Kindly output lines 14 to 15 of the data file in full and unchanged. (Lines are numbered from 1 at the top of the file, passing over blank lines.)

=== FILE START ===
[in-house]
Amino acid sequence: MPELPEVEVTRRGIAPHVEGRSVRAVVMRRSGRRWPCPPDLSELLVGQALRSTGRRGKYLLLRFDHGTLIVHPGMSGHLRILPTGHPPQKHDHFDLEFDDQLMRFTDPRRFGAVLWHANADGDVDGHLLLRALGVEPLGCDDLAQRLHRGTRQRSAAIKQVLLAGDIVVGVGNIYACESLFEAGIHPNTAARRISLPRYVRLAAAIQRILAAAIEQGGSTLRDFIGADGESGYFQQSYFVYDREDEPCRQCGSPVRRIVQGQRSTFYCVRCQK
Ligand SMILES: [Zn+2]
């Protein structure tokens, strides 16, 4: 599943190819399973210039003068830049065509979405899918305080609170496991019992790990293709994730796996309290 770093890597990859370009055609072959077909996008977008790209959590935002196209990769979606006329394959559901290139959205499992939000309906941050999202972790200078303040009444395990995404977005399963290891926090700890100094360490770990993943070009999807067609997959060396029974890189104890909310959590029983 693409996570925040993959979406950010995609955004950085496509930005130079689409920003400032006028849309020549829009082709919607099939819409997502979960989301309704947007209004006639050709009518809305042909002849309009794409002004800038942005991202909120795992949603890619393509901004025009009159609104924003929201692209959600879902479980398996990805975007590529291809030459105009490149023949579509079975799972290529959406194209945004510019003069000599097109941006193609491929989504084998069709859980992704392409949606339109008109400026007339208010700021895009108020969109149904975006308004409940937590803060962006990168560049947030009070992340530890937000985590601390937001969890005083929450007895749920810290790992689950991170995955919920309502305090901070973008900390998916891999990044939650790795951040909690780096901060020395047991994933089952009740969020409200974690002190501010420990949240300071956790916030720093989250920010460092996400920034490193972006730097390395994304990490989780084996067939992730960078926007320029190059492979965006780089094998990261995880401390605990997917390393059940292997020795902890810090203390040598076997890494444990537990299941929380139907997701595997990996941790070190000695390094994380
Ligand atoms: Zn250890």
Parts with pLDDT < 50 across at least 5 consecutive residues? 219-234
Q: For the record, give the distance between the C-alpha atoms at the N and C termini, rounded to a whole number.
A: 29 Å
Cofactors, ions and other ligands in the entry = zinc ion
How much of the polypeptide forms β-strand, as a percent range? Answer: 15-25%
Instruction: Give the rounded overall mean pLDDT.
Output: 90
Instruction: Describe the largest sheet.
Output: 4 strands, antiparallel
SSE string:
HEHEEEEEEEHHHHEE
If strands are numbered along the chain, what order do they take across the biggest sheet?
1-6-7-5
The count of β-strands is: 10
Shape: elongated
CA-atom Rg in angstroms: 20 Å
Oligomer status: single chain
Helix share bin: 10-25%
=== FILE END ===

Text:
Output: 4 strands, antiparallel
SSE string: